Instead, it contains a perplexing amount of empty space.


"I think my car has been stolen?" I say timidly into the telephone. The police dispatch lady is very nice, though she does not give me my car back. She gives me bad news instead: "Oh, Chrysler/Plymouth products get stolen every day." she says sympathetically. "They're an irresistible target for thieves. Give us your number, and we'll call you if anything turns up."

So I do this, wondering at the speed with which I went from "hazardous eyesore" to "irresistible" and make a call to my insurance company. Was this really happening?

On the Friday, I get a call. "This is Constable Somethingorother. We have recovered your car." Joy! "Just come by Division 2 in Cambridge to get the release forms."
"Will do, Officer!" I chirp excitedly, suddenly channeling Wally Cleaver.

My elation lasted about as long as it took for me to read the scrawled police report that was handed to me when I arrived at the station. Busted wheel, flat tire, no plates, ignition punched, passenger lock drilled out...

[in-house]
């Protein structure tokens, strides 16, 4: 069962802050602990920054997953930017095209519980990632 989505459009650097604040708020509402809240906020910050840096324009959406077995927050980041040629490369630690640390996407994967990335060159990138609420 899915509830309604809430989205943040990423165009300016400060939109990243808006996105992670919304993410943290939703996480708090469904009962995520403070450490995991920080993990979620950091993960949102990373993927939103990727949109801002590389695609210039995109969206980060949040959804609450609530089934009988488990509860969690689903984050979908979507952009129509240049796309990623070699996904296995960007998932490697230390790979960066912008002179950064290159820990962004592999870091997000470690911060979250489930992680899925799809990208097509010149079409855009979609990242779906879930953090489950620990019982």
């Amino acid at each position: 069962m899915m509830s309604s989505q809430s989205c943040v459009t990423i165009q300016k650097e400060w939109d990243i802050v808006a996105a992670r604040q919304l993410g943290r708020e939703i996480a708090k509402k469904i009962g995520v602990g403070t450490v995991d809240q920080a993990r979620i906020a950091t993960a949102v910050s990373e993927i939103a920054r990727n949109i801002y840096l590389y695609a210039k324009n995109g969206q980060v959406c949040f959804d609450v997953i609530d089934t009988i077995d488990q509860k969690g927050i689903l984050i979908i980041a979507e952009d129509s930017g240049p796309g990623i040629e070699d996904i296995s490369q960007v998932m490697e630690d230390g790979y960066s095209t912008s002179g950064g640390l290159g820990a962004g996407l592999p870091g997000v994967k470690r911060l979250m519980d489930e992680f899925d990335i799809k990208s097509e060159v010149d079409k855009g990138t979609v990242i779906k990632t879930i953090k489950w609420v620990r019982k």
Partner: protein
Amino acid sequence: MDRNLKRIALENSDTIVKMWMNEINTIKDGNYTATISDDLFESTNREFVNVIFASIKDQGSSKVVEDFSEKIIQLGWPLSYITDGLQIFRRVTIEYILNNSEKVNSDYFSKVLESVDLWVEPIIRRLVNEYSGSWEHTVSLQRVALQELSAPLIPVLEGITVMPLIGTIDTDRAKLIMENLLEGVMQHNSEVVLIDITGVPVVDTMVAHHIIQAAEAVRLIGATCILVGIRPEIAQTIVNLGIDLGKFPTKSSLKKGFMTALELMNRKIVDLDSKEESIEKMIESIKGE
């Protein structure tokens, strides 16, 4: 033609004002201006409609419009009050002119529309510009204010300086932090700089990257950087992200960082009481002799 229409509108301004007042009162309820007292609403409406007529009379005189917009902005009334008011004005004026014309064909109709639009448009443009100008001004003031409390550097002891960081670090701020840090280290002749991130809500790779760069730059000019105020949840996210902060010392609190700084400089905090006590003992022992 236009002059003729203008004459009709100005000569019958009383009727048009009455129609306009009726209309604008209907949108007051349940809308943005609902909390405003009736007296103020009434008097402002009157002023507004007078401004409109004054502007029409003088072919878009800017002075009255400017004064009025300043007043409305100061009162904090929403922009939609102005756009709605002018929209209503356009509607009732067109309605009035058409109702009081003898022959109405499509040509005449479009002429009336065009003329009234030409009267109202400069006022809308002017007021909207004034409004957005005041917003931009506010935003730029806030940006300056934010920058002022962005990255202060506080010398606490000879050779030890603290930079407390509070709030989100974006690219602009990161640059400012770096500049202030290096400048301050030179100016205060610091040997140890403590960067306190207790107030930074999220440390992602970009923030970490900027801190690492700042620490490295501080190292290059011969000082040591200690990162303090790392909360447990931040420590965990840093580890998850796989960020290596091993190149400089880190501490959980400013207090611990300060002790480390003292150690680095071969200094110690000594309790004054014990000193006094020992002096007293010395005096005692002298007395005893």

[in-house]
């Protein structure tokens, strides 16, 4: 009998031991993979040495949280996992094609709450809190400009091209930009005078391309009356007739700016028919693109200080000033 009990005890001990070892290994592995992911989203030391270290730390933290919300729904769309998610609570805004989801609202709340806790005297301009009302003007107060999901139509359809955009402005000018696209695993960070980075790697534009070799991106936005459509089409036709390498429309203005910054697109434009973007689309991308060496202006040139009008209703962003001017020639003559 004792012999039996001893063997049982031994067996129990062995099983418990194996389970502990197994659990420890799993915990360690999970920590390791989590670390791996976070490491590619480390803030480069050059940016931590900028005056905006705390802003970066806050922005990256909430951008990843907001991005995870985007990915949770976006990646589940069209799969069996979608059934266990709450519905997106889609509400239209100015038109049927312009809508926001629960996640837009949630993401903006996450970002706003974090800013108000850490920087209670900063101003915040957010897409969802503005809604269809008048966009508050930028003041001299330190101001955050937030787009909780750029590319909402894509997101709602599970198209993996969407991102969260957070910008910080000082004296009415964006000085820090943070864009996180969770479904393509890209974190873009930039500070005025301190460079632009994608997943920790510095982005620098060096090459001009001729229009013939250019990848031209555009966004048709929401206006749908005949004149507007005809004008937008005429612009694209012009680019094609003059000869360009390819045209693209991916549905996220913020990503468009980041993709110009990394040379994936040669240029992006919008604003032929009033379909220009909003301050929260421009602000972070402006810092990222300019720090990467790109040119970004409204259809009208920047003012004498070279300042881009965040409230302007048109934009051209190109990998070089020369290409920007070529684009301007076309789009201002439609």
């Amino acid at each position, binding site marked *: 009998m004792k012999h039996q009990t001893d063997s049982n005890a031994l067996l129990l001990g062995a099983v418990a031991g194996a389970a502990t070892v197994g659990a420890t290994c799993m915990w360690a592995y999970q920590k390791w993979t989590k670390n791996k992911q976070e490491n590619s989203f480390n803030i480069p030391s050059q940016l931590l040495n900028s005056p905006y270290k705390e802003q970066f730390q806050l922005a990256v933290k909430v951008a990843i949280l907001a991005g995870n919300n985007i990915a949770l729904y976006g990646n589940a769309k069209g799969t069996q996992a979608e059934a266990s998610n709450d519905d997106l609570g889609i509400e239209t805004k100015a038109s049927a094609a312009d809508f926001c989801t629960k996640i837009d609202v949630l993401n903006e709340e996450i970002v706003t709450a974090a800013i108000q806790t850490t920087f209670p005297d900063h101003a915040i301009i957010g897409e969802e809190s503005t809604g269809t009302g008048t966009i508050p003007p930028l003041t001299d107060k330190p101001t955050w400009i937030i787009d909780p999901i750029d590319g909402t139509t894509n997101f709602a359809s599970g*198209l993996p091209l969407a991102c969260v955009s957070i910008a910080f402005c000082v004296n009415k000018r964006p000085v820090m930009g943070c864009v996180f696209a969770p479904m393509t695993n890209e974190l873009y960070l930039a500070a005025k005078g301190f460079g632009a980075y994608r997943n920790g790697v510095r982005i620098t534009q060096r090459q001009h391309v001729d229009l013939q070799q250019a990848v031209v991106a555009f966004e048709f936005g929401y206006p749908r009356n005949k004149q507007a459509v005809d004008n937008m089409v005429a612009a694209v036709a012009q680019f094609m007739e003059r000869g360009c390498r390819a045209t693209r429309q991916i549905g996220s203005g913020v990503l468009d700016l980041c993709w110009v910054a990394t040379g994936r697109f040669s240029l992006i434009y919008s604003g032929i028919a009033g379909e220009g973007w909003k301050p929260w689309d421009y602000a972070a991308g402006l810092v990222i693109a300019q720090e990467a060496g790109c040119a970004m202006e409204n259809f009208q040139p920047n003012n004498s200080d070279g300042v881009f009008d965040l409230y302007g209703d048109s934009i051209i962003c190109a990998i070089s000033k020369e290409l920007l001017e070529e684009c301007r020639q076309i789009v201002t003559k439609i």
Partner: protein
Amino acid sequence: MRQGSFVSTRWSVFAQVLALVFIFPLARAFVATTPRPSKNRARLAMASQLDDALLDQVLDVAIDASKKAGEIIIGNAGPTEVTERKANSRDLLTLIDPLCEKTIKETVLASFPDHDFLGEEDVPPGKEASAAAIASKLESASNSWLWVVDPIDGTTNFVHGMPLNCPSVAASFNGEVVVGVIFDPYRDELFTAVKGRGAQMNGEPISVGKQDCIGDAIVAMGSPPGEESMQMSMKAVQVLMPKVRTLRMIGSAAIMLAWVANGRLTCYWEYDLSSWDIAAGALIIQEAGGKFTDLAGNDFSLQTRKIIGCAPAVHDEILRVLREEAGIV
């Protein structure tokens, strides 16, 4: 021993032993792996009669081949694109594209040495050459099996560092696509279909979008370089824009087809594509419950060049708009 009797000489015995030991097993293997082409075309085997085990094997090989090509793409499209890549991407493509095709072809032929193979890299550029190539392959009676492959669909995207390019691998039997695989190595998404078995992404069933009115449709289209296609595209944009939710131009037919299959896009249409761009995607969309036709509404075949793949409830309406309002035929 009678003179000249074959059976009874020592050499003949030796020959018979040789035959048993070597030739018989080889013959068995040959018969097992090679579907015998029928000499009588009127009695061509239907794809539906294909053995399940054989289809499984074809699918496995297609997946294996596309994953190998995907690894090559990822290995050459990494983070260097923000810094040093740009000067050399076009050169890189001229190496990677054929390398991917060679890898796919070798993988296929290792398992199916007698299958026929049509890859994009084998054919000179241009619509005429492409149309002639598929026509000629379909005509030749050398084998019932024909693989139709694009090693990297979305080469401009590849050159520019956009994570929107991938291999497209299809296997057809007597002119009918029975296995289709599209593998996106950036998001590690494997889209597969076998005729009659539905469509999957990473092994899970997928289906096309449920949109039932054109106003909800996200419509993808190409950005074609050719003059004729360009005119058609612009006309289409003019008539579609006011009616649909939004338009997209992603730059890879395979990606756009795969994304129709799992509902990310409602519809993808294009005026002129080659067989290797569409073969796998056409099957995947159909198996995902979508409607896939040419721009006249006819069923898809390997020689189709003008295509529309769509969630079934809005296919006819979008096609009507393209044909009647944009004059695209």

Towing fee: $160 (for moving it two measley blocks).
I signed the form and left. Then I make another call to my insurance company.

The next night (three in the morning, actually), I get a call.
"This is Constable Somethingelsecompletely, we have found your plates. Do you want to claim them, or do you want us to send them back to the Ministry of Transportation?"

"Uh, wait...what, you found my plates? Awesome! Where? How?"

"Well...sir, it's three in the morning, do you want to hear the whole story?"

"HELL YEAH!" I say (Wally Cleaver was clearly still groggy).

Well, they had responded to a call reporting two males trying to break into a Neon in a guy's driveway down in Cambridge, and when police took the two pukes into custody, they discovered one of the little urchins had been carrying my tags in his knapsack. Hurray!

The next day, I was more than happy to return to Division 2 under the pretense of reclaiming my stolen property. But it was the dirt that I was really after. "Who were they? How old? Are they pros? Any drugs found on them? Are they still in custody? Can I see them? Can I jab them with this sharp stick I brought with me?"